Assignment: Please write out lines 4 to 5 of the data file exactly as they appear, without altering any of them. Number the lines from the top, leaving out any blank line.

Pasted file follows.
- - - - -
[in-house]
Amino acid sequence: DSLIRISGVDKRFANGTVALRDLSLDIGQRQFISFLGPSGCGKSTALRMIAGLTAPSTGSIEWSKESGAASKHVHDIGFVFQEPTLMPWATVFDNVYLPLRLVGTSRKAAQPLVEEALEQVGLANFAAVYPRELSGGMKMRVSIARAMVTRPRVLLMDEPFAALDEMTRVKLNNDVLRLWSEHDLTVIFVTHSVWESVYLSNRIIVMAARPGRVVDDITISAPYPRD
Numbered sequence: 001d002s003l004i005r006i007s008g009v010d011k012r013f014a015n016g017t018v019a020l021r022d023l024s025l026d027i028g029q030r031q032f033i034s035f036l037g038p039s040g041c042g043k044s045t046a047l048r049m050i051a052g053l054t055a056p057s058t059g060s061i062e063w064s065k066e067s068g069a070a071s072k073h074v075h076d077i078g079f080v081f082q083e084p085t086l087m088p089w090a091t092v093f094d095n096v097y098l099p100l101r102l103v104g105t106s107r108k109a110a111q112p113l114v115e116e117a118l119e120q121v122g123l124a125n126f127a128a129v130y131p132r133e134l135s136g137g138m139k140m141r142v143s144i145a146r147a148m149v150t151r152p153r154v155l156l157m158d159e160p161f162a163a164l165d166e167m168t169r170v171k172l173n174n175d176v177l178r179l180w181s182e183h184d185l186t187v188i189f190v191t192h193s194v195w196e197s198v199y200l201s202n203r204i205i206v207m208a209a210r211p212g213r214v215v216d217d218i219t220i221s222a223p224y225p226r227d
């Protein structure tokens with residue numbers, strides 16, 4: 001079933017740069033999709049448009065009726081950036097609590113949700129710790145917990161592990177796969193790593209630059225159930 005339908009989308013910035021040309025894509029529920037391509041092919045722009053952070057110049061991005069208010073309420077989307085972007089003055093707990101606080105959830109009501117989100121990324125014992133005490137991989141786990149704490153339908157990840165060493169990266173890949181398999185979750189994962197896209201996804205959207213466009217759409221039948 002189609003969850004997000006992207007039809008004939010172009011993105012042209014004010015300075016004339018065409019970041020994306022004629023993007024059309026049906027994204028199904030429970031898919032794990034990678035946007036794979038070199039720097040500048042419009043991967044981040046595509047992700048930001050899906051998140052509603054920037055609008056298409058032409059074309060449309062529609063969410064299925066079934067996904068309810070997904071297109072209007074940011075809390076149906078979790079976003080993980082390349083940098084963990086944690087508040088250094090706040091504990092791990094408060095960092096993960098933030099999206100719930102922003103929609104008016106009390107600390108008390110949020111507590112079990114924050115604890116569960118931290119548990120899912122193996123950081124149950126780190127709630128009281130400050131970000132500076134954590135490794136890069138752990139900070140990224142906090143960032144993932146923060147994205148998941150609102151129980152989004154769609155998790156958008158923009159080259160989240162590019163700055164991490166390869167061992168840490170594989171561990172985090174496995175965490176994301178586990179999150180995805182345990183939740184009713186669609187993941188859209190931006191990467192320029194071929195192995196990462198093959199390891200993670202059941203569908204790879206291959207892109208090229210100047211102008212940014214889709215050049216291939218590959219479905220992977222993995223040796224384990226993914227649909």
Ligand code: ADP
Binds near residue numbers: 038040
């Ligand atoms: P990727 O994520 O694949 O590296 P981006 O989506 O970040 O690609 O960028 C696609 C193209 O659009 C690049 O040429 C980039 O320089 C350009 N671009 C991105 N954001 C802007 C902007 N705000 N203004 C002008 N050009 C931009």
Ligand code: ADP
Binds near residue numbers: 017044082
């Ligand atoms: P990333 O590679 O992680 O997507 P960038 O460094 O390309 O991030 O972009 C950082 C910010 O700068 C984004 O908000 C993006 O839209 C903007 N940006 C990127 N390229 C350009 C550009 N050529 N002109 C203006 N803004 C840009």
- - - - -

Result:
């Protein structure tokens with residue numbers, strides 16, 4: 001079933017740069033999709049448009065009726081950036097609590113949700129710790145917990161592990177796969193790593209630059225159930 005339908009989308013910035021040309025894509029529920037391509041092919045722009053952070057110049061991005069208010073309420077989307085972007089003055093707990101606080105959830109009501117989100121990324125014992133005490137991989141786990149704490153339908157990840165060493169990266173890949181398999185979750189994962197896209201996804205959207213466009217759409221039948 002189609003969850004997000006992207007039809008004939010172009011993105012042209014004010015300075016004339018065409019970041020994306022004629023993007024059309026049906027994204028199904030429970031898919032794990034990678035946007036794979038070199039720097040500048042419009043991967044981040046595509047992700048930001050899906051998140052509603054920037055609008056298409058032409059074309060449309062529609063969410064299925066079934067996904068309810070997904071297109072209007074940011075809390076149906078979790079976003080993980082390349083940098084963990086944690087508040088250094090706040091504990092791990094408060095960092096993960098933030099999206100719930102922003103929609104008016106009390107600390108008390110949020111507590112079990114924050115604890116569960118931290119548990120899912122193996123950081124149950126780190127709630128009281130400050131970000132500076134954590135490794136890069138752990139900070140990224142906090143960032144993932146923060147994205148998941150609102151129980152989004154769609155998790156958008158923009159080259160989240162590019163700055164991490166390869167061992168840490170594989171561990172985090174496995175965490176994301178586990179999150180995805182345990183939740184009713186669609187993941188859209190931006191990467192320029194071929195192995196990462198093959199390891200993670202059941203569908204790879206291959207892109208090229210100047211102008212940014214889709215050049216291939218590959219479905220992977222993995223040796224384990226993914227649909």
Ligand code: ADP